How Matt Olinger Went from Student Manager to D1 Assistant Coach in 5 Short Years?
By David Baker on 4/29/2016
Becoming a college basketball coach at any level is difficult. Rising from student manager to NCAA D1 assist coach in less than 5 years is ri-di-cu-lous.
We recently caught up with Matt Olinger, Assistant Coach for Liberty University Men’s Basketball, who went from the head student manager in 2006 to an Assistant Coach in 2011.
Matt’s journey into coaching wasn’t pre-scripted. As a matter of fact, his decision to become a manager was simply “the closest way to get a front row seat to the game”. Call it luck, call it hard work, call it whatever you want, when we asked Matt how he went from holding pads in practice to wearing suits in games, here are the three lessons he shared with us in reflection.
1. Do your job
Do your current job to the best of your ability. You don’t have to beg, borrow and steal your way into a coaching career. “It just kind of developed”, Matt told us. “Whether it was rebounding after practice, running drills or getting water, my opportunities began to open up when I did my job well.” Jim Platt, former coach at the University of St. Louis, instilled into Matt that if you don’t do your job well today, you won’t develop for the next opportunity. If you approach your job with that mindset, “things have a chance to work out.”
And for Matt, this mindset first materialized in 2007 when head coach Ritchie McKay offered him a position to be the Director of Operations. After doing his job well as a DOBO he again experienced the benefits in 2011 when he was promoted to Assistant Coach. Matt admits coaching changes, timing and a little luck all played a part, but had he not committed to the daily grind of doing his student manager job well, he never would have had the chance.
2. Challenge yourself
Challenge yourself to learn new skills that help you develop as a professional. To remain competitive and add value in this environment, you must push yourself to learn things “outside your job responsibilities”.
As a student manager, Matt learned graphic design and got his masters degree. As a Director of Operations, he implemented new team communication software and increased camp attendance by improving the team’s marketing efforts. His personal brand was being built as a contributor. So, in 2011, when an assistant’s resignation left a gap on the coaching staff, it was no surprise who got the call up. Matt had actively been displaying his ability to challenge himself and execute each and every step along the way.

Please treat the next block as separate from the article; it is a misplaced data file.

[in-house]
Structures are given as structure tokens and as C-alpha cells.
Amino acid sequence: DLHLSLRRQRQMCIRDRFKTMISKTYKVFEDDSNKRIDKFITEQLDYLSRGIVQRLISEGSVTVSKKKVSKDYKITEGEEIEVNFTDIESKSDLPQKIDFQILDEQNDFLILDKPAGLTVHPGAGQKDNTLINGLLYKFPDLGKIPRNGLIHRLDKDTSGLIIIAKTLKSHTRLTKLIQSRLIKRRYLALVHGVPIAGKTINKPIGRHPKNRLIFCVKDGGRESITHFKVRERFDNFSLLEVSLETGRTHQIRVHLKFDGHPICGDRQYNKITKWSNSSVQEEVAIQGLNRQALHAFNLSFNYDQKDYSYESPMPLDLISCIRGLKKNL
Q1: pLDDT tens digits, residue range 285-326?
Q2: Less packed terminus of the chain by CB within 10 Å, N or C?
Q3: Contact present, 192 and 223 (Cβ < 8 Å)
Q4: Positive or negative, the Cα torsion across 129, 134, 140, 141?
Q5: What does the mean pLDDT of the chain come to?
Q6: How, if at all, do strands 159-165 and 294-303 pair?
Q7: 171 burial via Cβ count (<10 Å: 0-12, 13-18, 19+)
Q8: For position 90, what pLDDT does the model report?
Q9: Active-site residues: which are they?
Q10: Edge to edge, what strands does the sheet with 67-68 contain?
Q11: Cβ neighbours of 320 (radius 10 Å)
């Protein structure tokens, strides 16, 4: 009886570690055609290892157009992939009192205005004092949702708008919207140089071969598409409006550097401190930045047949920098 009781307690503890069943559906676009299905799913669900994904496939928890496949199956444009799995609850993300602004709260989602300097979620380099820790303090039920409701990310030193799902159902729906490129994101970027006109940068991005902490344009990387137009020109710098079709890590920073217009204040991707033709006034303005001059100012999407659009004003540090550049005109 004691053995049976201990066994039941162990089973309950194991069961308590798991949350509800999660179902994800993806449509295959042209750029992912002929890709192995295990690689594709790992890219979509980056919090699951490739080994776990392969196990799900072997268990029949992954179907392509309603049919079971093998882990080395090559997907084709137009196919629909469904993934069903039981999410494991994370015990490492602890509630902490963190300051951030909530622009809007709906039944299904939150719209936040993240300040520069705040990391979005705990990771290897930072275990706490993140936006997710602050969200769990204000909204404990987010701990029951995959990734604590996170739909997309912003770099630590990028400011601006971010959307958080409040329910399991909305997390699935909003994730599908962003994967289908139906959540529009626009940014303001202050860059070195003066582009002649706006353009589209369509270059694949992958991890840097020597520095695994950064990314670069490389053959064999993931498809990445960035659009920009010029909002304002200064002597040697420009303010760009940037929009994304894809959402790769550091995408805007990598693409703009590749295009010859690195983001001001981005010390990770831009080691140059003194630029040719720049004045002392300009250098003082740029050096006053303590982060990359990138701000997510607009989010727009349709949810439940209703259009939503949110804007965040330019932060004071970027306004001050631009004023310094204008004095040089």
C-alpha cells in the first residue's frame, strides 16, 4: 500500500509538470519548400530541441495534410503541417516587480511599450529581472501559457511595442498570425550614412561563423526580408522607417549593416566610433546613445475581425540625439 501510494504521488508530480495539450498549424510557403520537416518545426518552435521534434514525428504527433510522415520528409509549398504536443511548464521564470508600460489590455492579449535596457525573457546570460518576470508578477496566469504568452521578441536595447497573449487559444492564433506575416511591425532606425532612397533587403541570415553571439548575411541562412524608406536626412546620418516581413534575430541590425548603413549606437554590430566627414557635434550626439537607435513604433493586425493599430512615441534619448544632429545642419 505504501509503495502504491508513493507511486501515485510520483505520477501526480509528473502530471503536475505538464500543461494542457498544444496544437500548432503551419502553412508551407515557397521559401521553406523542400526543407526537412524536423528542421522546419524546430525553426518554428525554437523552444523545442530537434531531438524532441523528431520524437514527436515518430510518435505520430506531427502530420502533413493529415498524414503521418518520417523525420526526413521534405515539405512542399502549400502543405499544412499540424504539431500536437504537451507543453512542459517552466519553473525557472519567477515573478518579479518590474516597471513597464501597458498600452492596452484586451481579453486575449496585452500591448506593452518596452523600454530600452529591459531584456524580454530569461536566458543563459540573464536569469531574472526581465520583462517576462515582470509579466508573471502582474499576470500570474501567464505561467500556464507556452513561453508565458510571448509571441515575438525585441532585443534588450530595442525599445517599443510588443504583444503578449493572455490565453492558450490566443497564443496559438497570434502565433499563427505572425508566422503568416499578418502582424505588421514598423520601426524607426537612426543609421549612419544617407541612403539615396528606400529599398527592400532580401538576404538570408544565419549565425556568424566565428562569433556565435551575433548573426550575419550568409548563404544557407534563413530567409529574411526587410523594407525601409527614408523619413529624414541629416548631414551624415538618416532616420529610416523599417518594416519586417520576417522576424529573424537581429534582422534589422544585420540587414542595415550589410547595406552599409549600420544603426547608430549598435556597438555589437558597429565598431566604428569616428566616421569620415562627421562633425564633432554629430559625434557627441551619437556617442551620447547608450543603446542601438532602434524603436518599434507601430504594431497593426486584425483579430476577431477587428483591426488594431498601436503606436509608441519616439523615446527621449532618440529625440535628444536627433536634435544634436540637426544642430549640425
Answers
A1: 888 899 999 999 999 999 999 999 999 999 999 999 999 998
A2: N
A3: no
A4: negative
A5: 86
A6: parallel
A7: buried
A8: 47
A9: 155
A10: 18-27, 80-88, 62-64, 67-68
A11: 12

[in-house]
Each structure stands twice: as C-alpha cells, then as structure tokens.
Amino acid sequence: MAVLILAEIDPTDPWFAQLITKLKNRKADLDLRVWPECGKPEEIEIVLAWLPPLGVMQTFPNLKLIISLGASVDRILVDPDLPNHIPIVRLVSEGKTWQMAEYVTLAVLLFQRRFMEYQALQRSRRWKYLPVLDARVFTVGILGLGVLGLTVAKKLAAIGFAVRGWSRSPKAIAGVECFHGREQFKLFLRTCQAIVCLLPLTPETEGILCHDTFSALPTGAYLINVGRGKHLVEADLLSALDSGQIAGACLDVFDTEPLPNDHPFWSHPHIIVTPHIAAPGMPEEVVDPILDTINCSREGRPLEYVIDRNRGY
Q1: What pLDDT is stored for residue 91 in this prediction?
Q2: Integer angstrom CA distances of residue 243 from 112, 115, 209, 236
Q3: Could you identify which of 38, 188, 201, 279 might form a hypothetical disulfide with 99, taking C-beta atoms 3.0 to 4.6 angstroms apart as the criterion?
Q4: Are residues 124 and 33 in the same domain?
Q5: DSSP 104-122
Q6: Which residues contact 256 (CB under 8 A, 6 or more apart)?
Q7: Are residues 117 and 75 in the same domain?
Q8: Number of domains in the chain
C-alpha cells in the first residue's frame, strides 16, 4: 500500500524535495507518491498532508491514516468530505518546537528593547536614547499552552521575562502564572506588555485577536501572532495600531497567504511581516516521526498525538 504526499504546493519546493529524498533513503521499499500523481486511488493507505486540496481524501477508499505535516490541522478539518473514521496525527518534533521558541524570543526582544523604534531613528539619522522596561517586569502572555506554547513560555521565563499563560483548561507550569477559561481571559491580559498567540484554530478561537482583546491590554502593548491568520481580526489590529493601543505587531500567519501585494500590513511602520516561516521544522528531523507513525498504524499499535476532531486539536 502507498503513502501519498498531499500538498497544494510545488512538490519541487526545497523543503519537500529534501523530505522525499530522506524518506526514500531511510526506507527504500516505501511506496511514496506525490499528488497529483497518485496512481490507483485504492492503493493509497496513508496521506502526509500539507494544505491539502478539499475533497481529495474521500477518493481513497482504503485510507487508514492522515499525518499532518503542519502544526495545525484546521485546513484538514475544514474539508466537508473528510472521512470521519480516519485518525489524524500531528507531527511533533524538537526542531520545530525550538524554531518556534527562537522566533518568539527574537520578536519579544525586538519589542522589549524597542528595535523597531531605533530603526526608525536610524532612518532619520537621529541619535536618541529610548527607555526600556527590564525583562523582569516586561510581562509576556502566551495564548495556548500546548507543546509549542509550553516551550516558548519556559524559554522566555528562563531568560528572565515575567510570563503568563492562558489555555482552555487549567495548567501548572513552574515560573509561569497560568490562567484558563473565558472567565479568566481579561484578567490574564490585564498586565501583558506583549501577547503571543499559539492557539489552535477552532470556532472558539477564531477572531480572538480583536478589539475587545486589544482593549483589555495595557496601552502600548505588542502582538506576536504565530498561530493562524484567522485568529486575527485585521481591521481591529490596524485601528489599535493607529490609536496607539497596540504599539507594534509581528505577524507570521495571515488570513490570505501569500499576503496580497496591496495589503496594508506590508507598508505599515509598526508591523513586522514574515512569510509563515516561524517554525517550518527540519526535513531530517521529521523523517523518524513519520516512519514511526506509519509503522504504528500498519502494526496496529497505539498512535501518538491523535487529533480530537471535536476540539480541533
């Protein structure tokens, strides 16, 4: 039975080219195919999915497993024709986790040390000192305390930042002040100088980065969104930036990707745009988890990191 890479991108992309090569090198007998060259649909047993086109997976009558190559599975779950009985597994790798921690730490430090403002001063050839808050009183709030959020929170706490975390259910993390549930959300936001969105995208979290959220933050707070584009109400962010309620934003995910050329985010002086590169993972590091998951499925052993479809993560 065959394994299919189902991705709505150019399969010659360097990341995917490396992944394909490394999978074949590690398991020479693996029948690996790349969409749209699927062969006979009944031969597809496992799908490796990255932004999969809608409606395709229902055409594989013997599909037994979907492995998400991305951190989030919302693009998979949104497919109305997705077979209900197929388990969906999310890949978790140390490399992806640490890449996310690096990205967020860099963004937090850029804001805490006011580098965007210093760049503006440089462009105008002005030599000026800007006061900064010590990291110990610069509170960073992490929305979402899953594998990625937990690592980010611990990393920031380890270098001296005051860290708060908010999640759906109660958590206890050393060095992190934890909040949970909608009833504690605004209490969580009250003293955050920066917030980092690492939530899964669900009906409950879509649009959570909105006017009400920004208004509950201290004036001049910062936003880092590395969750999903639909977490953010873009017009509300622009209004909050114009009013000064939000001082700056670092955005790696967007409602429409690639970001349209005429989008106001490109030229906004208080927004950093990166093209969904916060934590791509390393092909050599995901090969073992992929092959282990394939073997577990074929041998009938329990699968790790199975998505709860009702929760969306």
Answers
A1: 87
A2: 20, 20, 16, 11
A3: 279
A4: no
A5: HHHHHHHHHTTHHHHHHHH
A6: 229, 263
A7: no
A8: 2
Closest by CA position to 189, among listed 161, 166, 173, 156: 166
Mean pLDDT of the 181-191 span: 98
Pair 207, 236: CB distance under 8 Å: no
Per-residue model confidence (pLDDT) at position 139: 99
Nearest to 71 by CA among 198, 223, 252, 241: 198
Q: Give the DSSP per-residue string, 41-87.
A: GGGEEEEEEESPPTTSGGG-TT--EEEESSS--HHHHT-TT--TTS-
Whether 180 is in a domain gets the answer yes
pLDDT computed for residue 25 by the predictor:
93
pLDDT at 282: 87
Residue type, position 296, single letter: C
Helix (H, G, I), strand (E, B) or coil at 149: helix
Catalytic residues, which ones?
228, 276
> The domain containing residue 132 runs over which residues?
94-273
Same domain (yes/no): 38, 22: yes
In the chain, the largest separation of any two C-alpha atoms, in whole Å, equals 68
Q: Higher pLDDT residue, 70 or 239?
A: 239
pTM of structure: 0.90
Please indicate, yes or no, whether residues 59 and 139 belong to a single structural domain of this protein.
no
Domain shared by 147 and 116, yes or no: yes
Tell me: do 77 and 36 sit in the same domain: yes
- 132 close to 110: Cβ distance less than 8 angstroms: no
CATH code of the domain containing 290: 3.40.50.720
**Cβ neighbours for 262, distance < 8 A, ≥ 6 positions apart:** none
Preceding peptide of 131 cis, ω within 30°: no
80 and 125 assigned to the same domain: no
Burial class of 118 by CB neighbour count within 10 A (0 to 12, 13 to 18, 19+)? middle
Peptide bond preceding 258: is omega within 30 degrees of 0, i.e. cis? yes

Matt told us, “If you were to try to learn these things in a classroom you may never learn a thing, but go out into the field and you will learn every time you do something. This may entail making plenty of mistakes but you can learn from those mistakes.”
3. Prepare Yourself Daily
Prepare yourself daily for the road ahead – wherever it may lead. It’s no secret the landscape of college coaching is filled with change and volatility. It doesn’t matter if you’re a manager, video coordinator, director of operations or coach, preparing yourself daily for what lies ahead is about committing to the process of getting better.
When Matt was working as a student manager, he had a demanding schedule that entailed rebounding before and after practice, holding pads, doing laundry, (you get the point). However, during this time, he taught himself graphic design and got his master’s degree. Assume he doesn’t get the opportunity to become the Director of Operations, at the very worse he’s graduating with a master’s degree and job opportunities as a Graphic Designer.
As a Director of Operations, Matt gained experience managing the budget, running camps, and working on projects with pretty clear ROI cases. These experiences develop skill sets that are valuable to take with you in any organization. Fortunately for Matt, the next stop in his journey was Assistant Coach.
Matt will tell you that being around good coaches who served as great mentors played a big part in his current success. However, no matter what the circumstances, doing your job well, accepting new challenges, and preparing yourself daily will go a long way in helping you position yourself for success.